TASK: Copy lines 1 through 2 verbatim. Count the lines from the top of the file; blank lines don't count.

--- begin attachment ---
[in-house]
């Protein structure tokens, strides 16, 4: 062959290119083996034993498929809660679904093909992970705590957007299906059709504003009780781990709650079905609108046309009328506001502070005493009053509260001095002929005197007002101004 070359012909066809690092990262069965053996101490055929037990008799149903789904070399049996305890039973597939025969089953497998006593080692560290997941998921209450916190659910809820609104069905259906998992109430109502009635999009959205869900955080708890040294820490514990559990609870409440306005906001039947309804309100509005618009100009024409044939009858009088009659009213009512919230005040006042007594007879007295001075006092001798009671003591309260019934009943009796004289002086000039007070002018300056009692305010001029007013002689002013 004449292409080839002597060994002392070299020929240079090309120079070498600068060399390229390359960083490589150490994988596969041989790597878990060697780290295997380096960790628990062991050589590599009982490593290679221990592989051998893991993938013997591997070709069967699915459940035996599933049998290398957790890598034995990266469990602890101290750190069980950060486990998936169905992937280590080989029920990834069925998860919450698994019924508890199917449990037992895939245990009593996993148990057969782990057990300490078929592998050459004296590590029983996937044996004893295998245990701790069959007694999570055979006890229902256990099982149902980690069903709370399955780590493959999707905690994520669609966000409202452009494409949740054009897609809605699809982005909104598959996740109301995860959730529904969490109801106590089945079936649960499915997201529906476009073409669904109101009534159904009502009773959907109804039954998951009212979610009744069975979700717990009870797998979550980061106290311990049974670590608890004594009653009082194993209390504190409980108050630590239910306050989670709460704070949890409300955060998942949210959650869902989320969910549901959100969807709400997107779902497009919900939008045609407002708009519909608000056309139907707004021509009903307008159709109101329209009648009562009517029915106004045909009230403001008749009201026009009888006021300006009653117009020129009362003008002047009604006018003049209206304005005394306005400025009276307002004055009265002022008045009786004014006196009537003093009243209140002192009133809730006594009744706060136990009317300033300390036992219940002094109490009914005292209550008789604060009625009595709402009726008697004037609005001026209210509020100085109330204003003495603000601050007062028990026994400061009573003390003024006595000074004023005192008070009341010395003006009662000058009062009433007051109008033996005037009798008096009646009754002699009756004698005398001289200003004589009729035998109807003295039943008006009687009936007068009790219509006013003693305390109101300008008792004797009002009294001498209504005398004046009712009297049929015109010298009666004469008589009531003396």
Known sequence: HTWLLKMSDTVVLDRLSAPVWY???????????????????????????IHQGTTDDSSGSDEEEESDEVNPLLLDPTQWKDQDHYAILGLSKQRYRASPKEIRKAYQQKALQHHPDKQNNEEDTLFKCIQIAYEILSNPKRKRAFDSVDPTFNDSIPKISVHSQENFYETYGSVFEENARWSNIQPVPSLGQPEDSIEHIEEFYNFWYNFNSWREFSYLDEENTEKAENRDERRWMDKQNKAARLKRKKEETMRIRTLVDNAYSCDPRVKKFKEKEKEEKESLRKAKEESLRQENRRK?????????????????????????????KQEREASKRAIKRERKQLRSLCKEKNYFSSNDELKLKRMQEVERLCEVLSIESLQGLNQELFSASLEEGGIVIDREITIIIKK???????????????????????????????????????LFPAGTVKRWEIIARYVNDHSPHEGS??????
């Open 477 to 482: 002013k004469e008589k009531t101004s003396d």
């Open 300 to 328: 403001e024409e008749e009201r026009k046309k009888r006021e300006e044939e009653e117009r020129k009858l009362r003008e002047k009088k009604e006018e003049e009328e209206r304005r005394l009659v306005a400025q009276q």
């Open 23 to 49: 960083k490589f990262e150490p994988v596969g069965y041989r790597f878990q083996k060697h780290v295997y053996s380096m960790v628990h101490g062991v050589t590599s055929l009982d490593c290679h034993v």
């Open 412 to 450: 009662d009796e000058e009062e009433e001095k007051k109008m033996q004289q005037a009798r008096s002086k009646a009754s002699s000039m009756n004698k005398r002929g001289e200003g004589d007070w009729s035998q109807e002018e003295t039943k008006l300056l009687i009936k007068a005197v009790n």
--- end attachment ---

[in-house]
């Protein structure tokens, strides 16, 4: 062959290119083996034993498929809660679904093909992970705590957007299906059709504003009780781990709650079905609108046309009328506001502070005493009053509260001095002929005197007002101004 070359012909066809690092990262069965053996101490055929037990008799149903789904070399049996305890039973597939025969089953497998006593080692560290997941998921209450916190659910809820609104069905259906998992109430109502009635999009959205869900955080708890040294820490514990559990609870409440306005906001039947309804309100509005618009100009024409044939009858009088009659009213009512919230005040006042007594007879007295001075006092001798009671003591309260019934009943009796004289002086000039007070002018300056009692305010001029007013002689002013 004449292409080839002597060994002392070299020929240079090309120079070498600068060399390229390359960083490589150490994988596969041989790597878990060697780290295997380096960790628990062991050589590599009982490593290679221990592989051998893991993938013997591997070709069967699915459940035996599933049998290398957790890598034995990266469990602890101290750190069980950060486990998936169905992937280590080989029920990834069925998860919450698994019924508890199917449990037992895939245990009593996993148990057969782990057990300490078929592998050459004296590590029983996937044996004893295998245990701790069959007694999570055979006890229902256990099982149902980690069903709370399955780590493959999707905690994520669609966000409202452009494409949740054009897609809605699809982005909104598959996740109301995860959730529904969490109801106590089945079936649960499915997201529906476009073409669904109101009534159904009502009773959907109804039954998951009212979610009744069975979700717990009870797998979550980061106290311990049974670590608890004594009653009082194993209390504190409980108050630590239910306050989670709460704070949890409300955060998942949210959650869902989320969910549901959100969807709400997107779902497009919900939008045609407002708009519909608000056309139907707004021509009903307008159709109101329209009648009562009517029915106004045909009230403001008749009201026009009888006021300006009653117009020129009362003008002047009604006018003049209206304005005394306005400025009276307002004055009265002022008045009786004014006196009537003093009243209140002192009133809730006594009744706060136990009317300033300390036992219940002094109490009914005292209550008789604060009625009595709402009726008697004037609005001026209210509020100085109330204003003495603000601050007062028990026994400061009573003390003024006595000074004023005192008070009341010395003006009662000058009062009433007051109008033996005037009798008096009646009754002699009756004698005398001289200003004589009729035998109807003295039943008006009687009936007068009790219509006013003693305390109101300008008792004797009002009294001498209504005398004046009712009297049929015109010298009666004469008589009531003396």